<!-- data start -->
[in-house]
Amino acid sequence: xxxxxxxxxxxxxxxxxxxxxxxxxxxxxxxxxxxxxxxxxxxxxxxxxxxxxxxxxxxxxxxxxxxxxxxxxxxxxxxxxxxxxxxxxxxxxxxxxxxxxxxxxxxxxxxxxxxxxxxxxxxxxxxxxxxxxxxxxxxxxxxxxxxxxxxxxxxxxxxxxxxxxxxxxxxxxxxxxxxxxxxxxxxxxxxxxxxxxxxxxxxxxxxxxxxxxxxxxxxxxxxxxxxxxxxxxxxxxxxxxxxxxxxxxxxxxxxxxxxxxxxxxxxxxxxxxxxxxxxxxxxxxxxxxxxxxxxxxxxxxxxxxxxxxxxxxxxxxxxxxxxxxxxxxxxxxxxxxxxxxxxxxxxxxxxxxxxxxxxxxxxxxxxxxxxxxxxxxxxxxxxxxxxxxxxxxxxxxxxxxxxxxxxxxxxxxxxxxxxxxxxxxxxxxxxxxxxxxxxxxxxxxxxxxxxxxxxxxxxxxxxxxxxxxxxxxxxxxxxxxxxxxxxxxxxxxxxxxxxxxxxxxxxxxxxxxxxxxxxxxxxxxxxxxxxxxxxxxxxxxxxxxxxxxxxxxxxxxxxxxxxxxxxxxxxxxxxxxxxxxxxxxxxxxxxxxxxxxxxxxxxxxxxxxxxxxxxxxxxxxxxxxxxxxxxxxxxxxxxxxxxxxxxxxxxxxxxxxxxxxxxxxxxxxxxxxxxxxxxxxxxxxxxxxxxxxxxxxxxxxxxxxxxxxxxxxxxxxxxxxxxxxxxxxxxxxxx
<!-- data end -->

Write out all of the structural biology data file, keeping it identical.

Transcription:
[in-house]
Amino acid sequence: xxxxxxxxxxxxxxxxxxxxxxxxxxxxxxxxxxxxxxxxxxxxxxxxxxxxxxxxxxxxxxxxxxxxxxxxxxxxxxxxxxxxxxxxxxxxxxxxxxxxxxxxxxxxxxxxxxxxxxxxxxxxxxxxxxxxxxxxxxxxxxxxxxxxxxxxxxxxxxxxxxxxxxxxxxxxxxxxxxxxxxxxxxxxxxxxxxxxxxxxxxxxxxxxxxxxxxxxxxxxxxxxxxxxxxxxxxxxxxxxxxxxxxxxxxxxxxxxxxxxxxxxxxxxxxxxxxxxxxxxxxxxxxxxxxxxxxxxxxxxxxxxxxxxxxxxxxxxxxxxxxxxxxxxxxxxxxxxxxxxxxxxxxxxxxxxxxxxxxxxxxxxxxxxxxxxxxxxxxxxxxxxxxxxxxxxxxxxxxxxxxxxxxxxxxxxxxxxxxxxxxxxxxxxxxxxxxxxxxxxxxxxxxxxxxxxxxxxxxxxxxxxxxxxxxxxxxxxxxxxxxxxxxxxxxxxxxxxxxxxxxxxxxxxxxxxxxxxxxxxxxxxxxxxxxxxxxxxxxxxxxxxxxxxxxxxxxxxxxxxxxxxxxxxxxxxxxxxxxxxxxxxxxxxxxxxxxxxxxxxxxxxxxxxxxxxxxxxxxxxxxxxxxxxxxxxxxxxxxxxxxxxxxxxxxxxxxxxxxxxxxxxxxxxxxxxxxxxxxxxxxxxxxxxxxxxxxxxxxxxxxxxxxxxxxxxxxxxxxxxxxxxxxxxxxxxxxx